The angel shook her head. "Six pairs of hands? No way."

The Lord continued, "Don't worry, we will make other military wives to help her. And we will give her an unusually strong heart so it can swell with pride in her husband's achievements, sustain the pain of separations, beat soundly when it is tired and overworked, and be large enough to say, `I understand,' when she doesn't and say, `I love you,' regardless."

"Lord," said the angel, touching his arm gently, "go to bed. You can finish this tomorrow."

"I can't stop this now," said the Lord. "I am so close to creating something unique. Already this model heals herself when she is sick, can put up with six unexpected guests for the weekend, can wave goodbye to her husband from a pier, a runway, or a depot, and can understand why it is important that he leave."

The angel circled the model of the military wife, looked at it closely, and sighed. "It looks fine, but it's too soft."

"She might look soft," replied the Lord, "but she has the strength of a lion. You would not believe what she can endure."

Finally, the angel bent over and ran her finger across the cheek of the Lord's creation. "There's a leak," she announced. "Something is wrong with the construction. I am not surprised that it has cracked. You are trying to put too much into this model."

The Lord appeared offended at the angel's lack of confidence. "What you see is not a leak," He said. "It's a tear."

"A tear? What's it there for? asked the angel.

The Lord replied, "It's for joy, sadness, pain, disappointment, loneliness, pride, and a dedication to the values that she and her husband hold dear."

"You're a genius!" exclaimed the angel.

"The Lord looked puzzled and replied, "I didn't put it there."
Russell Coight:
He was presented with a difficult decision: push on into the stretching deserts, or return home to his wife.

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AnswerID: 509684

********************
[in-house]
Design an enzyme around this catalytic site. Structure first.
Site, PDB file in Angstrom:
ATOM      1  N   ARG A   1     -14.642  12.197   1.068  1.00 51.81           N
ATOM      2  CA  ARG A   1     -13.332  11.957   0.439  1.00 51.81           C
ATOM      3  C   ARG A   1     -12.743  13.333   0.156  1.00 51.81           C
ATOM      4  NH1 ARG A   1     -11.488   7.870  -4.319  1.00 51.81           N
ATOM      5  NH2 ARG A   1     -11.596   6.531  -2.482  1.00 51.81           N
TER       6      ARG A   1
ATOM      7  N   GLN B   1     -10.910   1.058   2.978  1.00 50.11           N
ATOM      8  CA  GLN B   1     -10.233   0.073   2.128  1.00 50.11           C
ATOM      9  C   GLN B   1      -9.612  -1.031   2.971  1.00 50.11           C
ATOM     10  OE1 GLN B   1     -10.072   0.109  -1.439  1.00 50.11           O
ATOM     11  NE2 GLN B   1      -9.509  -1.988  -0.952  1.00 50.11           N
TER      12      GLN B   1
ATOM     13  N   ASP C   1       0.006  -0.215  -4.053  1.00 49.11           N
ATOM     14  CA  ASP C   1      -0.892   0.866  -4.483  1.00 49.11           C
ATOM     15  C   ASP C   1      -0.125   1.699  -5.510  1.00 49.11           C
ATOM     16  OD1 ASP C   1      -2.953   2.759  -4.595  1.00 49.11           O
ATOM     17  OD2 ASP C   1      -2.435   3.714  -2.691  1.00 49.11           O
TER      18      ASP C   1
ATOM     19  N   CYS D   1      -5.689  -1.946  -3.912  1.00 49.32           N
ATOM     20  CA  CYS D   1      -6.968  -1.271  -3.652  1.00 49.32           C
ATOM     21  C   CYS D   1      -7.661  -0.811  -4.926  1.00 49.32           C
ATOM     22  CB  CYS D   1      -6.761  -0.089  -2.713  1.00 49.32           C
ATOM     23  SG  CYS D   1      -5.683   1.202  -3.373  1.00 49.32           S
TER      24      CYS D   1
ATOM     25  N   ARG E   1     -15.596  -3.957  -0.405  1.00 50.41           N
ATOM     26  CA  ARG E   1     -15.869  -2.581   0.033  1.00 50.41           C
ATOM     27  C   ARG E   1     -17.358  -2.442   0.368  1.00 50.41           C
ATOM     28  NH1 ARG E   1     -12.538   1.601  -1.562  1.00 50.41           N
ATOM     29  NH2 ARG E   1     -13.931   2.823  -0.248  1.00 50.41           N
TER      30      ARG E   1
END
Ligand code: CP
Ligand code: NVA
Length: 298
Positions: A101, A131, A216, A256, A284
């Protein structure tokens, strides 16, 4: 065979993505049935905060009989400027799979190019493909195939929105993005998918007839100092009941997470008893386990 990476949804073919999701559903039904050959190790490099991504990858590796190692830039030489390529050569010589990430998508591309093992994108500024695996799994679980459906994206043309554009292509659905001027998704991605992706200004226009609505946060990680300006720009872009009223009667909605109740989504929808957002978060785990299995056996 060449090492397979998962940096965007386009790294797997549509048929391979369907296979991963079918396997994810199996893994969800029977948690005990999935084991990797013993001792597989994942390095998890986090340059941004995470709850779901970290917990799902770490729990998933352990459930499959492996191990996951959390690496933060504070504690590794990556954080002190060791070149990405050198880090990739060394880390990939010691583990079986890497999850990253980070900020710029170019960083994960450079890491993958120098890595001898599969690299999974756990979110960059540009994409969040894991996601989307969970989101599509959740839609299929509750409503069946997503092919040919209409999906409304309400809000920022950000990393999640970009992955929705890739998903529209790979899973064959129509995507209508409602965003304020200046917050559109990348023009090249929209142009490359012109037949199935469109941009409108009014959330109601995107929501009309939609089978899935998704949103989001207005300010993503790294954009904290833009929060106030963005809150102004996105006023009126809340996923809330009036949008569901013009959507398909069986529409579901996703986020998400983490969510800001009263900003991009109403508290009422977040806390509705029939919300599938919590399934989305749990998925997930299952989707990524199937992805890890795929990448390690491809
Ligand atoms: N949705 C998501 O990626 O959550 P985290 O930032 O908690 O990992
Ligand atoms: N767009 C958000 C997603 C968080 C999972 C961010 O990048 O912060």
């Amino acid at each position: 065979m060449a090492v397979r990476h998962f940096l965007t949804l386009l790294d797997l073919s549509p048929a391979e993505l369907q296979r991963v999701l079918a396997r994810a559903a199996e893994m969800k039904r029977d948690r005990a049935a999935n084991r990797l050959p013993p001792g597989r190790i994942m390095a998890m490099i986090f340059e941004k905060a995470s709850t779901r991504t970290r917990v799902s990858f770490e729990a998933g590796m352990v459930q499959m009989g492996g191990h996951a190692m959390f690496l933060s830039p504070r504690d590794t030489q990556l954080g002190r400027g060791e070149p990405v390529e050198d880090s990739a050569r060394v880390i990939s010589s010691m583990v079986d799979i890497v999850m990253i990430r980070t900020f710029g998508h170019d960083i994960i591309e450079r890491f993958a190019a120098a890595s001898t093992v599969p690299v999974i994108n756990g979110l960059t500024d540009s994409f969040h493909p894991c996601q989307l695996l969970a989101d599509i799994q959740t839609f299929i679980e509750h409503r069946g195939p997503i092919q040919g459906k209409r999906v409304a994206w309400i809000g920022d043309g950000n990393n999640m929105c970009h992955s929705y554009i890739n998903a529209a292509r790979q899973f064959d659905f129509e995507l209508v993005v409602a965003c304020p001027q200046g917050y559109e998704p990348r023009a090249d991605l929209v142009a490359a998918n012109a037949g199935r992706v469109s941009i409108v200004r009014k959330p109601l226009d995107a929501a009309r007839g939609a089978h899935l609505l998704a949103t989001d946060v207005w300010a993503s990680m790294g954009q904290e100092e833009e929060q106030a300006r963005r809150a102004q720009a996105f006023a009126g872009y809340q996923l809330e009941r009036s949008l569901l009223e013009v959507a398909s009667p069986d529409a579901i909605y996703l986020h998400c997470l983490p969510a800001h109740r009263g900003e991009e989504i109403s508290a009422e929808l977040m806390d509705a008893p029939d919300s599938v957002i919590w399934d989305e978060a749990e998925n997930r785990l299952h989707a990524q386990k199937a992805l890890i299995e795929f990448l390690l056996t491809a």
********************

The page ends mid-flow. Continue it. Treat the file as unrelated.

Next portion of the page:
Reply By: Member Bushy 04(VIC) - Thursday, Apr 25, 2013 at 08:42

Thursday, Apr 25, 2013 at 08:42
Remember those who went before you both in and out of the service, many paid the price for what we have today.
Today was special for me as my daughter wore her grandfathers medals to the dawn service.
She works in defence and is finally seeing why we come together as service men and women.
God bless them all .

AnswerID: 509712

Reply By: Allan B (Member, SunCoast) - Thursday, Apr 25, 2013 at 10:22

Thursday, Apr 25, 2013 at 10:22
Sir Kev,
Many thanks for your dissertation about the Anzac Legacy. I better understand the Dawn Service now. I would prefer that the service retained the simple format of the dawn stand-to, but it is not my ceremony to prevail. May God bless all those who served.

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Reply By: KenInPerth - Thursday, Apr 25, 2013 at 11:06

Thursday, Apr 25, 2013 at 11:06
My Dad came home from the war. Many didn't.

I hope we do not see the remembrance of them and tributes to them ever fade.

AnswerID: 509734

Reply By: howesy - Thursday, Apr 25, 2013 at 19:14

Thursday, Apr 25, 2013 at 19:14
The poppy is the Anzac day flower and always has been and is common practice in wreaths but why the sudden push to wear a poppy when a sprig of rosemary has always been worn and is the symbol of Remembrance worn also on Rememberence Day,,,,,do we want to celebrate the holiday now and not display symbols of rememberence,,,,,,,just a thought, I was having poppies pushed at me all day,,I kept wearing my sprig